Sarah Lai Stirland blogged that “Illinois Democrat Barack Obama and Arkansas Republican Mike Huckabee surged to victory in the Iowa caucuses Thursday evening, buoyed by popular support that was bolstered by Internet activism and organization. . . . Obama’s senior campaign manager David Axelrod credited the youth vote Thursday evening for his candidate’s success.”
What does this mean for the Green Party? Common sense would suggest that a party supporting a peaceful, sustainable future would be a natural choice for young voters who have the most to lose from a planet threatened by war and global warming. However, the Green Party has yet to see the type of breakthrough that Obama experienced in Iowa against Clinton whose self identification as the frontrunner was largely accepted without question by the media.
One of the challenges the Green Party faces in getting a critical mass of votes in New York has to do with our poor position on the ballot. The Syracuse Post-Standardstated in an editorial that Syracuse Common Council candidate Howie Hawkins’ name on the ballot was in “Antarctica under a swath of white space, on Row H.”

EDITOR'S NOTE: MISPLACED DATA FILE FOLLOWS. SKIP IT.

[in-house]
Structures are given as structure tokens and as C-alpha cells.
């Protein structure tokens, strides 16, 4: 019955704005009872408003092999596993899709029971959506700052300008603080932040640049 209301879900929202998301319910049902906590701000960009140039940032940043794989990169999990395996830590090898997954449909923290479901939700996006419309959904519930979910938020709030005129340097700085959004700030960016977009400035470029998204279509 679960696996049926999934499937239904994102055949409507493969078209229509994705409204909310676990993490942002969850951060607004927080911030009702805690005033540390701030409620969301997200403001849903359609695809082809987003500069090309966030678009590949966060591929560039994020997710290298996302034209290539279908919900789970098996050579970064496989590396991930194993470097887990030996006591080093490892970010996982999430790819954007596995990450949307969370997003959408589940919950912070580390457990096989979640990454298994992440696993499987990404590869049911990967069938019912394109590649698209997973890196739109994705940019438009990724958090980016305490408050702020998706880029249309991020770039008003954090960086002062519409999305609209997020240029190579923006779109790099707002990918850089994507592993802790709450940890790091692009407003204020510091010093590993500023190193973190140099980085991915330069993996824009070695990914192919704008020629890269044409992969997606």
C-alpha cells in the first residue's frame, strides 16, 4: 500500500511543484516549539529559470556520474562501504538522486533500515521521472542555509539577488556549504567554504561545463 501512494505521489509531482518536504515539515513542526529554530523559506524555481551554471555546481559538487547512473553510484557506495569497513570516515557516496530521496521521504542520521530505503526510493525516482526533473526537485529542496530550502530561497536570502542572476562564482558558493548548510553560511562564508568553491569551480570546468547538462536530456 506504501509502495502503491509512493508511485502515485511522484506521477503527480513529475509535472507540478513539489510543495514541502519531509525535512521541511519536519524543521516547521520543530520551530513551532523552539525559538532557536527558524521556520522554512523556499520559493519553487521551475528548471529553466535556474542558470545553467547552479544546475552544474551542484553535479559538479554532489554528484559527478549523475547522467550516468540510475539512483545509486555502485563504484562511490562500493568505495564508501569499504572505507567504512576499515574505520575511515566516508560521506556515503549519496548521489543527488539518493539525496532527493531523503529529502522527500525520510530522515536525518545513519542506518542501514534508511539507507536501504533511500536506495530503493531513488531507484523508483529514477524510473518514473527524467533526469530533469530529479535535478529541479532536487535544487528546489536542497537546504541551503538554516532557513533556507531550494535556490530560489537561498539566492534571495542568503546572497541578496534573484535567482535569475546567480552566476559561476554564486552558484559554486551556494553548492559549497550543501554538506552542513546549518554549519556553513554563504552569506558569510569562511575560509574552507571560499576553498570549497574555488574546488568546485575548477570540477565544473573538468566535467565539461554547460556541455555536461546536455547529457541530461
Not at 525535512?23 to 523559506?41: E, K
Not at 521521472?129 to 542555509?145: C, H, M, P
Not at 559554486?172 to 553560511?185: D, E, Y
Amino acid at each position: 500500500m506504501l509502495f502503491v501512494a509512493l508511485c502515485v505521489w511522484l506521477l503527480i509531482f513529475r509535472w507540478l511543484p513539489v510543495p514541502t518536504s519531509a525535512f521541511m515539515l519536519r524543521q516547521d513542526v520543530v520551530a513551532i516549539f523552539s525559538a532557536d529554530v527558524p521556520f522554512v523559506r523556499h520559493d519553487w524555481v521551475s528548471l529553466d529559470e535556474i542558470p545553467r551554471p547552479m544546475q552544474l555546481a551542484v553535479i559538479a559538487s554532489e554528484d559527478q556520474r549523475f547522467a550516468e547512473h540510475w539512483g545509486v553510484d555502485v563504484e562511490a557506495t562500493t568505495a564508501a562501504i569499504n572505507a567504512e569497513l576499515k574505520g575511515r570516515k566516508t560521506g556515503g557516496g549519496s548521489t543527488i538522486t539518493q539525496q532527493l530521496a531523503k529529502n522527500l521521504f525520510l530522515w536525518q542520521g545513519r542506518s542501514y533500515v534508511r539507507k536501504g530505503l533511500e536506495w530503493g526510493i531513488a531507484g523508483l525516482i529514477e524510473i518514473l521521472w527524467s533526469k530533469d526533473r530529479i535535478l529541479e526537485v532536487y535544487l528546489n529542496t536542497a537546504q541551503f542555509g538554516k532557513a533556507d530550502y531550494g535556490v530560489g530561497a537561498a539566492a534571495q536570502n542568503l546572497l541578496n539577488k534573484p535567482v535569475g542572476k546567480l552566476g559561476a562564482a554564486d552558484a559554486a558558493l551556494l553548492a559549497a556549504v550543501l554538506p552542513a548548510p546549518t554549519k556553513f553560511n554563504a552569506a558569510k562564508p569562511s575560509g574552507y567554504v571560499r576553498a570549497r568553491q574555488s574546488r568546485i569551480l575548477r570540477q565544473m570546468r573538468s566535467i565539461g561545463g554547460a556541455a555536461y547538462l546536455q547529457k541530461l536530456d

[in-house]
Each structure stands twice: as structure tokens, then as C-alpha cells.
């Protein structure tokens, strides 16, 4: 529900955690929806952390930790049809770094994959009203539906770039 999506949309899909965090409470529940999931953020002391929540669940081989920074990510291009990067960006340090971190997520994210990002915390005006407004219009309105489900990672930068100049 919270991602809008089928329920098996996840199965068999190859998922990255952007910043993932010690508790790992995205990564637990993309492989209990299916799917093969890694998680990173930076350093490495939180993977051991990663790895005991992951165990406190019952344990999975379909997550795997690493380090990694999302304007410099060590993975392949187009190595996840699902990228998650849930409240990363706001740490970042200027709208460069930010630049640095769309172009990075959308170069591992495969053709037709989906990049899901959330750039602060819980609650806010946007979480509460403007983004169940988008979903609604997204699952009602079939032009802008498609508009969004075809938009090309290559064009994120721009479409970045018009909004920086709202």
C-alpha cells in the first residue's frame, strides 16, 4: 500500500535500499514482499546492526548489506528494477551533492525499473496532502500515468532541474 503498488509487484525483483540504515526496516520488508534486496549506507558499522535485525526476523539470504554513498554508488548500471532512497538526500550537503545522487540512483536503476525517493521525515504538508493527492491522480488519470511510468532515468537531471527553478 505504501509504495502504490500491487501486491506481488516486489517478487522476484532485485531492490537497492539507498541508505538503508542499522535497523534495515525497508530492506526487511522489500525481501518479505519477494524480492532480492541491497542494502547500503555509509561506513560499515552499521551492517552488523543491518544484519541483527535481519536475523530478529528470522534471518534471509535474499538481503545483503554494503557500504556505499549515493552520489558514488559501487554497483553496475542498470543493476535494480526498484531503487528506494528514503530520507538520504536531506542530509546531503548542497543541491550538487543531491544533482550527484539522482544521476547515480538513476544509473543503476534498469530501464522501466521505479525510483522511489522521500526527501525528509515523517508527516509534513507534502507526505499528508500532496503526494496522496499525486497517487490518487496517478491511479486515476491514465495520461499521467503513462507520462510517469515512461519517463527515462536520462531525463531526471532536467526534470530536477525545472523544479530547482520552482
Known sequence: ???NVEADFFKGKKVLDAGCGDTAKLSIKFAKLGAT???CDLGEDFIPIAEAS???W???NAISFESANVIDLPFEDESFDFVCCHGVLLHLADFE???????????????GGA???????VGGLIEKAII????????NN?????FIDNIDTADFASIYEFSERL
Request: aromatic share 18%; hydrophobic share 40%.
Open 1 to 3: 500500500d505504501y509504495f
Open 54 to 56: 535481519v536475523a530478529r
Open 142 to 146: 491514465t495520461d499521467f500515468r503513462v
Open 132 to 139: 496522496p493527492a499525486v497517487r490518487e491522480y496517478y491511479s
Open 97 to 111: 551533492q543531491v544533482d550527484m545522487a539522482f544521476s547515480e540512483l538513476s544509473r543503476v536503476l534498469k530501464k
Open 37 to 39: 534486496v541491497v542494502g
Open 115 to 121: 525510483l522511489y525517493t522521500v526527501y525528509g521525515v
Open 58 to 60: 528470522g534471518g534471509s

Poor coverage by the media is also an obstacle for the Green Party. Malachy McCourt, the 2006 Green Party candidate for Governor, and the other statewide candidates were not invited to the televised debates despite the fact that several fulfilled the criteria for inclusion, and many NY newspapers had no articles on their campaigns.
Some Green Party candidates break through despite the media blackout. Dave Lussiergot 49.5% in his campaign for an Albany County legislature seat last fall, barely losing to a well-known candidate.
As many as seven candidates are seeking the Green Party presidential nomination this year. What will the Green Party candidate’s chances be against Iowa primary winners Obama and Huckabee if they go on to win the nomination? I welcome your comments below . . .